To solve the curiosity about this commonly asked question, you might have to understand that there are over 2,000+ species of shrimps. It might even be a shower thought and you suddenly became curious. 💡
Whether you’re an owner of a shrimp aquarium or not, this question still remains:
Do shrimps eat poop?
According to avid forum users, shrimps don’t consume feces while other forum users were saying how their ghost/cherry shrimps were eating poop in the aquarium. Weird, right?
Before we get started, let me show you some statistics. Whether it’s a ghost shrimp or red cherry shrimp, the stats showing the number of times this question is asked speaks for itself. The Google trend tool doesn’t lie.
When you’re looking at the stats, the question “do shrimps poop” gets asked at least 100 times per month- but there are many other variables, which means that number could be even higher.
You might be wondering who’s really that curious when it comes to this type of question, right? Well, most of the questions asked usually come straight from the United States!
Feeling a little better? The Google trend chart shows that the United States is most curious when it comes to this unique shrimp question. I’m from the United States and even I was curious at one point.
Did you know? 💡 There’s a national shrimp day in the United States and it’s on May 10th.
Now to get back on topic- what runs through your mind when you’re watching a shrimp colony one day and you see a few shrimps nibbling on feces? You must be thinking that they’re eating poop, but really- what are they doing?
Let’s go a little further in-depth with this article so you will have a better understanding.
Cherry Shrimp, Ghost Shrimp, All Shrimps – Do They Eat Poop?
As you can see below, numerous posts have been made about shrimp eating poop. I even stumbled upon a funny question: “Do shrimp poop from their head?” This question definitely made me wonder and it slowly began to make sense to me.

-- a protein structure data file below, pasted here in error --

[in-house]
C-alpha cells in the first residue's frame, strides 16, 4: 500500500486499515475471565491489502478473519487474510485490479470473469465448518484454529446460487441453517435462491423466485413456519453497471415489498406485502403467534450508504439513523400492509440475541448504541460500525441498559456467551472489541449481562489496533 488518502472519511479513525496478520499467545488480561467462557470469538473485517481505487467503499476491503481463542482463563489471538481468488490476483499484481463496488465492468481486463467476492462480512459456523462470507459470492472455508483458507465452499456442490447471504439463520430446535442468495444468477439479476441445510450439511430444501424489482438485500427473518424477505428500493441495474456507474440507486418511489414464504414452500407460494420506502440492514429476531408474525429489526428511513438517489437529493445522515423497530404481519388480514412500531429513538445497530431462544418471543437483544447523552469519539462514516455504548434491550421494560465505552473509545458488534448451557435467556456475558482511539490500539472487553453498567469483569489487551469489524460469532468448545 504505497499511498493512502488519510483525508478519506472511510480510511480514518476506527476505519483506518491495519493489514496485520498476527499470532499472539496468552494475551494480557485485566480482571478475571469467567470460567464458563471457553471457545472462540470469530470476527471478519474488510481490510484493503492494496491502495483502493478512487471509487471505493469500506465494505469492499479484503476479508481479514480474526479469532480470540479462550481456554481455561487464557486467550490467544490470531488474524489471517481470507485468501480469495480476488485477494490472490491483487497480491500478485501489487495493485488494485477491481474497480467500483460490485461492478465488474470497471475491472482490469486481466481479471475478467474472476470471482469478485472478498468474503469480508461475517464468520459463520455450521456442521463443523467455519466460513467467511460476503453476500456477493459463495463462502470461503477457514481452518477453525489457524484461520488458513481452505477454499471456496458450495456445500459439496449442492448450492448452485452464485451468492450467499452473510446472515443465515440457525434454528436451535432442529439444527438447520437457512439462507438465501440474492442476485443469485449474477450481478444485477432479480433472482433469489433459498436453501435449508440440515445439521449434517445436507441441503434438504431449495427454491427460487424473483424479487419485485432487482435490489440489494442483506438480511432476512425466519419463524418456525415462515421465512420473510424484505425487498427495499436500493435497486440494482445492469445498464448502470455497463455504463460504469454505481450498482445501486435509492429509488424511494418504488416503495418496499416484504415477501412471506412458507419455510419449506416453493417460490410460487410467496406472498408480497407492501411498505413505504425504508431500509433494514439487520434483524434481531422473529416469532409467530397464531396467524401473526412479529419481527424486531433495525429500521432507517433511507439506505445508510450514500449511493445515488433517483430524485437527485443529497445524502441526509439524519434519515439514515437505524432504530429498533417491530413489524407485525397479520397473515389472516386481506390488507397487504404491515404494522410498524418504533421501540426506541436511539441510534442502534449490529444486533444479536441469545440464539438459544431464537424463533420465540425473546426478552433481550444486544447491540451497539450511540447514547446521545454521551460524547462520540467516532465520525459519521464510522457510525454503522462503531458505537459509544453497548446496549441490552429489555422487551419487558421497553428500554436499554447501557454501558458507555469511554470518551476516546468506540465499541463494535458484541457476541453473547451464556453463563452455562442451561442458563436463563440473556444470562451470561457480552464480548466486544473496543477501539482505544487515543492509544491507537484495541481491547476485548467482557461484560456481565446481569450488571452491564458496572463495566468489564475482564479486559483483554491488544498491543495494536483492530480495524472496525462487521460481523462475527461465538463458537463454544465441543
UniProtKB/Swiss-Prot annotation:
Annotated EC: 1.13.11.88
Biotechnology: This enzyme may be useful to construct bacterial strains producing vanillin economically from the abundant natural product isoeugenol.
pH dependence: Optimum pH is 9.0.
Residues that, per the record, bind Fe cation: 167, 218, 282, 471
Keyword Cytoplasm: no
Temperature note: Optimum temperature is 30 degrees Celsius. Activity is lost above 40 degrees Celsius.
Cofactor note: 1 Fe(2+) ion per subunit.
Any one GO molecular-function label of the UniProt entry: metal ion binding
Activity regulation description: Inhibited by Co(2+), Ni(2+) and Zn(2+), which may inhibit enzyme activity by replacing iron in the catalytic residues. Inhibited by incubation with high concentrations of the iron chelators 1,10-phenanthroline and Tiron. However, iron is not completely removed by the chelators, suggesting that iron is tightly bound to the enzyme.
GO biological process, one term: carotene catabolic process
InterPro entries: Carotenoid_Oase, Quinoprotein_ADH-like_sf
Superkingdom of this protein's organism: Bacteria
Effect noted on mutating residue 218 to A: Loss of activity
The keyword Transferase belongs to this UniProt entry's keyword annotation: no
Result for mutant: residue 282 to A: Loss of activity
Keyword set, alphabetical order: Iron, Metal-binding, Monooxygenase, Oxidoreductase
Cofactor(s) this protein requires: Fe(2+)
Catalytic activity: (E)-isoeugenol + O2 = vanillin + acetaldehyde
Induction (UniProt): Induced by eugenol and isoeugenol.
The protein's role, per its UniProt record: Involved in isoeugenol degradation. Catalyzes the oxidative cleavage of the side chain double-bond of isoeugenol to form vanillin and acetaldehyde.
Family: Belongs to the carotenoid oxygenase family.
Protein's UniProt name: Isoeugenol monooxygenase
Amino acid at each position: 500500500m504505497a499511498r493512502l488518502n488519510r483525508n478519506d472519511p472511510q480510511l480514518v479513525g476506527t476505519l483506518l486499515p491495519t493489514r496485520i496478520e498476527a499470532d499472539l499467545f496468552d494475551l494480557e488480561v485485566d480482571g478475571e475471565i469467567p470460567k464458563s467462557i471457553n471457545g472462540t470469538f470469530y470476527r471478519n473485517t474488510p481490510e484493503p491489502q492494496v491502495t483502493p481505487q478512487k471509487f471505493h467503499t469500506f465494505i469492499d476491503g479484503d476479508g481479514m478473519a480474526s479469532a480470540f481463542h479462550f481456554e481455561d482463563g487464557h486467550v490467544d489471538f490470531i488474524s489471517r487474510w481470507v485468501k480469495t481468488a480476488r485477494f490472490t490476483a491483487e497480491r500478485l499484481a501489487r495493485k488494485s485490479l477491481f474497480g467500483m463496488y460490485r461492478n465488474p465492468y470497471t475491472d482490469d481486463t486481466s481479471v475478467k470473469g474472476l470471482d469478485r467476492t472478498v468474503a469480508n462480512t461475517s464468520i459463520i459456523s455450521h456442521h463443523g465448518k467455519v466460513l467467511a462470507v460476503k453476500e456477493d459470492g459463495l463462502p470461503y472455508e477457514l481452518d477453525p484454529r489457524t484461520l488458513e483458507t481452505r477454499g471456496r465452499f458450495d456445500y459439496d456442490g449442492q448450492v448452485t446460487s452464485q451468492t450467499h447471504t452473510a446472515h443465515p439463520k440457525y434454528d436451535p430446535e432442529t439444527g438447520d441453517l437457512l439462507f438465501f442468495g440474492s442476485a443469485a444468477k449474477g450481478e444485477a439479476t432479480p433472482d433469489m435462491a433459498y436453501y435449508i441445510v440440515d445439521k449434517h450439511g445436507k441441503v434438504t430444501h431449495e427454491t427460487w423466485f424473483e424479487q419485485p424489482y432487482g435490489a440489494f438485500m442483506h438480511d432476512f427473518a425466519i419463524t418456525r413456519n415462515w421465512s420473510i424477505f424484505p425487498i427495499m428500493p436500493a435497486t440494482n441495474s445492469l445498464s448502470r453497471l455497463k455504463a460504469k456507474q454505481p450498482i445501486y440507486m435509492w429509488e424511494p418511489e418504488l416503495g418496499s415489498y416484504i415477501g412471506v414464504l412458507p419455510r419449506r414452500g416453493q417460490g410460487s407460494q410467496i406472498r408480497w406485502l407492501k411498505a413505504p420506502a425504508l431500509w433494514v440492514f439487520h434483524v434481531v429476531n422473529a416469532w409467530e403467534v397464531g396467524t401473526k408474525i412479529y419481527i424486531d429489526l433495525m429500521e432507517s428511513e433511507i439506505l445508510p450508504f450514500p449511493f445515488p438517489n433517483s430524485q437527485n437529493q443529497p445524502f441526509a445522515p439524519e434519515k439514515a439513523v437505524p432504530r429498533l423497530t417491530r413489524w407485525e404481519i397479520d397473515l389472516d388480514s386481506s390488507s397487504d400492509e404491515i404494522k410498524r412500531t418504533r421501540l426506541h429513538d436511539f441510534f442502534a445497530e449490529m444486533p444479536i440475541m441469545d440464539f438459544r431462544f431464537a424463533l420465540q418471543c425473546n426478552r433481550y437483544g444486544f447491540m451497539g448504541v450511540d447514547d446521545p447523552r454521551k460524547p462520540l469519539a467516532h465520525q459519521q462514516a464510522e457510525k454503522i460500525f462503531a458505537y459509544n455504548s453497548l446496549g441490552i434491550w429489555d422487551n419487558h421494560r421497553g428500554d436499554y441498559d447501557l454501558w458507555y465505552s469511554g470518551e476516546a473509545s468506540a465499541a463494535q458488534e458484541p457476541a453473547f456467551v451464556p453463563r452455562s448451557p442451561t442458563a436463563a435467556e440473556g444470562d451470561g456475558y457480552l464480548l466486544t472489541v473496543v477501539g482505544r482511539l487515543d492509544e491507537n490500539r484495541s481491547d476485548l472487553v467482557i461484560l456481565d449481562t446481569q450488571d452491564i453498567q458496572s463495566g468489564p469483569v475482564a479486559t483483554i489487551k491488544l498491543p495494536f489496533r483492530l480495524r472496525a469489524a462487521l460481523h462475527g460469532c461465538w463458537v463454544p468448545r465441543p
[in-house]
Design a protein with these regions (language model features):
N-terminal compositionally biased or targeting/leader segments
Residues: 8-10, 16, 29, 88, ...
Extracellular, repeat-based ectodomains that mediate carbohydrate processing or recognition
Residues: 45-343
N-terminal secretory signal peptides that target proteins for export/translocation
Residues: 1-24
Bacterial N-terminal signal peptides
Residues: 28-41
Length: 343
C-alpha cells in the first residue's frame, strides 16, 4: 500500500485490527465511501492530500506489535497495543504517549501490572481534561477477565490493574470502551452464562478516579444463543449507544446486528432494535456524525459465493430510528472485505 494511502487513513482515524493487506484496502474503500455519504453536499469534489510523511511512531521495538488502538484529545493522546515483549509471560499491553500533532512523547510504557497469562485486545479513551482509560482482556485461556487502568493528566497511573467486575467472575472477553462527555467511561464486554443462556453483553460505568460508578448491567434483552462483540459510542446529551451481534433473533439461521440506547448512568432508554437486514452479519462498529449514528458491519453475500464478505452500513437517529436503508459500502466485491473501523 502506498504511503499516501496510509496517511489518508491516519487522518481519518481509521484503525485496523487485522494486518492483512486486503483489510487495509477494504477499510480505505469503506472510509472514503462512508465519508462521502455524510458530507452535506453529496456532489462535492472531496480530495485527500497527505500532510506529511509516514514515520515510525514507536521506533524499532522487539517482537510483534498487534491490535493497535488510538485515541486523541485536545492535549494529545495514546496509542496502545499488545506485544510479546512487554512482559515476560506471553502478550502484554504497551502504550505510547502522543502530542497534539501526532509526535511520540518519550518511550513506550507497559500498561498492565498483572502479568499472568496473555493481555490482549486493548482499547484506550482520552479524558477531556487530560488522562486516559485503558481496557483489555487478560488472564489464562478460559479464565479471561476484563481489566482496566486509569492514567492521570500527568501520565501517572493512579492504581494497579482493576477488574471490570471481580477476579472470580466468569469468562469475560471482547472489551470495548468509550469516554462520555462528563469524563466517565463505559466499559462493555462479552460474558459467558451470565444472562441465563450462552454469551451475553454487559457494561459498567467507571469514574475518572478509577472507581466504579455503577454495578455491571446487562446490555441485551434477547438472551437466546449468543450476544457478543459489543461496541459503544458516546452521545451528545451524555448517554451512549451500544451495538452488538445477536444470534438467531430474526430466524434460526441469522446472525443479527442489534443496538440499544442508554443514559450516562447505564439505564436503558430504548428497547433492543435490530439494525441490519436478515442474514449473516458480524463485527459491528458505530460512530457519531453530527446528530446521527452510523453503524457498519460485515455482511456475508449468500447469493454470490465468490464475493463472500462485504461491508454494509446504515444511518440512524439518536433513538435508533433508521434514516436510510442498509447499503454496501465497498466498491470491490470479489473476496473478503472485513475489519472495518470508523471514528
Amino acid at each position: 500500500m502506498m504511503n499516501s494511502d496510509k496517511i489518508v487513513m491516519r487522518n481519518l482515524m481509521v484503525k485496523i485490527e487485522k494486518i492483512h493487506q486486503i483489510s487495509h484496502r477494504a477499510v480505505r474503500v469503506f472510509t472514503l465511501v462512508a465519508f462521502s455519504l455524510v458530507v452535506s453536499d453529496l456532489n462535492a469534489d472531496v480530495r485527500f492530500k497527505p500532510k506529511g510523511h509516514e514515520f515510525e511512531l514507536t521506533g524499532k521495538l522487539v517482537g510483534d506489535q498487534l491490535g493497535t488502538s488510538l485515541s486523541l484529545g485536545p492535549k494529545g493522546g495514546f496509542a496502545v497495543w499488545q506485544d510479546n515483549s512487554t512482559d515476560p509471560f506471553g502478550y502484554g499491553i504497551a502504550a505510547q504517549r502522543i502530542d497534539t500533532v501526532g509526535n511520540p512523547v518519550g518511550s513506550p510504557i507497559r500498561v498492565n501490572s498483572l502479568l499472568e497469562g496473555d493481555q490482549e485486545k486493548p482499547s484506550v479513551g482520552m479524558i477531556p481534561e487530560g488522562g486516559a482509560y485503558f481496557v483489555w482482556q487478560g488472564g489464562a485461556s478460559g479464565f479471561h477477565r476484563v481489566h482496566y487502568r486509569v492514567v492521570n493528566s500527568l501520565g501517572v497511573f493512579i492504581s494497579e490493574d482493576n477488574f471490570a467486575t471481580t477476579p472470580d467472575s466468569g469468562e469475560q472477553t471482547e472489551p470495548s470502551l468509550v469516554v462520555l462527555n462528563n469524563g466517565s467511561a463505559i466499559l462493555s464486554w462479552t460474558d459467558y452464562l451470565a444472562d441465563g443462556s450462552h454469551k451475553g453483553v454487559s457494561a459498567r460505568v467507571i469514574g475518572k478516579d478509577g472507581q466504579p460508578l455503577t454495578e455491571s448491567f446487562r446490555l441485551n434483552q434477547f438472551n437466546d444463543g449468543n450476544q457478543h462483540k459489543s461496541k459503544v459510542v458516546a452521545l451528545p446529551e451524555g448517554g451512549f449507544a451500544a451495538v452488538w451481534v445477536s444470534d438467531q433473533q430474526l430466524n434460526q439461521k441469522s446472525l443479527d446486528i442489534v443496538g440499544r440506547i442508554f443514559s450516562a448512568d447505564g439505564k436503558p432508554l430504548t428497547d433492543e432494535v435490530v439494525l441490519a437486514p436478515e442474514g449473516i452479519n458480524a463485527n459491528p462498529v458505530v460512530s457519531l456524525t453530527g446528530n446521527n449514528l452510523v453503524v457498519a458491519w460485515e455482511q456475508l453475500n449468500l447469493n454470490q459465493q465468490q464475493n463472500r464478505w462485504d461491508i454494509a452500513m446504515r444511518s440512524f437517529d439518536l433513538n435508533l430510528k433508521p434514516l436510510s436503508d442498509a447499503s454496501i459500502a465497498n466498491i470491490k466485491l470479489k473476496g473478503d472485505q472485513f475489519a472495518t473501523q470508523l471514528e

Since there are over 2,000+ species of shrimp to explore, what’s the chance of stumbling upon one of those types of shrimp?
Did you know? 💡 Certain shrimps will act as a cleaner for fish? Remember that shrimp from “Finding Nemo?”
After exploring the forums and researching a little further, it appears that shrimps do not eat poop. But if you notice that yours do, then let’s continue on.
But, but- why is my shrimp eating poop?
While they are not like certain aquatic animals (catfish, corydoras), you might catch a shrimp nibbling on feces in an aquarium tank. Your mind still can’t grasp the reason why even when the answer is yes that shrimps do not eat poop.
During part of my research, there was a forum user asking for help because he noticed that his ghost shrimp was eating poop from his vivarium tank. Another user mentioned the same thing.
One of the members that knew the answer replied to the curious users that the reason why it seems like they’re eating poop is that they have mistaken it as food.
After nibbling on the feces, they’ll most likely come to the realization that it’s not consumable and the shrimp will eventually spit it back out.
Aquarium shrimps do not feed on feces. It seems like it because of confusion.
What do shrimps eat in a fish tank?
Now that I helped clear your mind, we can cross out your